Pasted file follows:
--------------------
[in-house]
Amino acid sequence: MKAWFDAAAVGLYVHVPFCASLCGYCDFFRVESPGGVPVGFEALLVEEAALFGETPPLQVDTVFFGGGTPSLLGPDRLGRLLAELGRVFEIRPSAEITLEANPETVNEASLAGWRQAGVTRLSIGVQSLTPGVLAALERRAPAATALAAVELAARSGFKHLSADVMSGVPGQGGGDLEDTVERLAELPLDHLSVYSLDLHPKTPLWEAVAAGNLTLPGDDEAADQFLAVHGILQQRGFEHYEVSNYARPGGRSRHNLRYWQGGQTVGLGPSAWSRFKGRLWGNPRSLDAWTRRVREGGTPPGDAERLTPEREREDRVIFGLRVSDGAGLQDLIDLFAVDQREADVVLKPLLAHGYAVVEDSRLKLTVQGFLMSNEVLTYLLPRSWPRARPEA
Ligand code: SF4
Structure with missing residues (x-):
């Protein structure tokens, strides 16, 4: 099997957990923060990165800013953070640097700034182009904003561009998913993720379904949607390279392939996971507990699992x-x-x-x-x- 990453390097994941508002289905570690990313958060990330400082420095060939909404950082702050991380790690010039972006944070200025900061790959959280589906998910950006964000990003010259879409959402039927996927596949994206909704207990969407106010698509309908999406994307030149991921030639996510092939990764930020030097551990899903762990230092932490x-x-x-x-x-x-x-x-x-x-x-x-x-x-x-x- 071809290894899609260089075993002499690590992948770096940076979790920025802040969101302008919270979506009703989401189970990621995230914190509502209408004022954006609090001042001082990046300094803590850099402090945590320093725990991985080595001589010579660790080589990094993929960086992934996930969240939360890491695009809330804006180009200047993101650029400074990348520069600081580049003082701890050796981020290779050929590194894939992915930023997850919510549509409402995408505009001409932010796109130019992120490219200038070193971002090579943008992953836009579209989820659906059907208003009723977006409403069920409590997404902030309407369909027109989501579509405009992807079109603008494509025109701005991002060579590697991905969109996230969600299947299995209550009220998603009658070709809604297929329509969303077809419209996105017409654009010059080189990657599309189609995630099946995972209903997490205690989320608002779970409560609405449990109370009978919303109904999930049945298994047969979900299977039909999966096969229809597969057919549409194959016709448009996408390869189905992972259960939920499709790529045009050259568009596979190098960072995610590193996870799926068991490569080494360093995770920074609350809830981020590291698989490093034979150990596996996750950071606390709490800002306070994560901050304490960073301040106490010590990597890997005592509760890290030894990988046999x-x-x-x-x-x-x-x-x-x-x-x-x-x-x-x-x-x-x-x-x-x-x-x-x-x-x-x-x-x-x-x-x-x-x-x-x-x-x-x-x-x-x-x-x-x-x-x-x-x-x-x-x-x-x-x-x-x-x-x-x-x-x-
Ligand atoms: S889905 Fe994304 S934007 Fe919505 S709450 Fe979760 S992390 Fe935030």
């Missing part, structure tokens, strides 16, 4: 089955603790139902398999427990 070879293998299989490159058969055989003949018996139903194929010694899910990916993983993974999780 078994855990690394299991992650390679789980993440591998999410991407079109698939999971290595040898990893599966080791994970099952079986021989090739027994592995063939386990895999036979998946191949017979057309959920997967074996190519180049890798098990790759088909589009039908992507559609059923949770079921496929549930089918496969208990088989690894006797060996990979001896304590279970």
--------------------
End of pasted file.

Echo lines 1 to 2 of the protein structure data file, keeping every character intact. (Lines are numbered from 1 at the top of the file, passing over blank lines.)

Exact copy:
[in-house]
Amino acid sequence: MKAWFDAAAVGLYVHVPFCASLCGYCDFFRVESPGGVPVGFEALLVEEAALFGETPPLQVDTVFFGGGTPSLLGPDRLGRLLAELGRVFEIRPSAEITLEANPETVNEASLAGWRQAGVTRLSIGVQSLTPGVLAALERRAPAATALAAVELAARSGFKHLSADVMSGVPGQGGGDLEDTVERLAELPLDHLSVYSLDLHPKTPLWEAVAAGNLTLPGDDEAADQFLAVHGILQQRGFEHYEVSNYARPGGRSRHNLRYWQGGQTVGLGPSAWSRFKGRLWGNPRSLDAWTRRVREGGTPPGDAERLTPEREREDRVIFGLRVSDGAGLQDLIDLFAVDQREADVVLKPLLAHGYAVVEDSRLKLTVQGFLMSNEVLTYLLPRSWPRARPEA